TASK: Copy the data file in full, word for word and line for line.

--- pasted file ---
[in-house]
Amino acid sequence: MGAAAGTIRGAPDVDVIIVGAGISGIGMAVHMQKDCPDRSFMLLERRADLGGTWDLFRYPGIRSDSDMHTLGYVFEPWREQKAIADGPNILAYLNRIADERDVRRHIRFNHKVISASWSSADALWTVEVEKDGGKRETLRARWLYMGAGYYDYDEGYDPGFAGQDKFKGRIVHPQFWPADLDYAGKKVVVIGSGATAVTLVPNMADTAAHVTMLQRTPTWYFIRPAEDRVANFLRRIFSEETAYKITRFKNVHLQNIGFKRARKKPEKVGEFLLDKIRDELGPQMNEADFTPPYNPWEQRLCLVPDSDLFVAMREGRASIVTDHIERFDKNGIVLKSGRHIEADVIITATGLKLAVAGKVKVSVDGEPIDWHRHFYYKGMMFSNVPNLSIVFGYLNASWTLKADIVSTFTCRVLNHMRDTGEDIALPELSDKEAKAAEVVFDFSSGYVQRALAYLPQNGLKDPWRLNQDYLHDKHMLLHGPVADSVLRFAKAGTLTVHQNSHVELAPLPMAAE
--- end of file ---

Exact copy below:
[in-house]
Amino acid sequence: MGAAAGTIRGAPDVDVIIVGAGISGIGMAVHMQKDCPDRSFMLLERRADLGGTWDLFRYPGIRSDSDMHTLGYVFEPWREQKAIADGPNILAYLNRIADERDVRRHIRFNHKVISASWSSADALWTVEVEKDGGKRETLRARWLYMGAGYYDYDEGYDPGFAGQDKFKGRIVHPQFWPADLDYAGKKVVVIGSGATAVTLVPNMADTAAHVTMLQRTPTWYFIRPAEDRVANFLRRIFSEETAYKITRFKNVHLQNIGFKRARKKPEKVGEFLLDKIRDELGPQMNEADFTPPYNPWEQRLCLVPDSDLFVAMREGRASIVTDHIERFDKNGIVLKSGRHIEADVIITATGLKLAVAGKVKVSVDGEPIDWHRHFYYKGMMFSNVPNLSIVFGYLNASWTLKADIVSTFTCRVLNHMRDTGEDIALPELSDKEAKAAEVVFDFSSGYVQRALAYLPQNGLKDPWRLNQDYLHDKHMLLHGPVADSVLRFAKAGTLTVHQNSHVELAPLPMAAE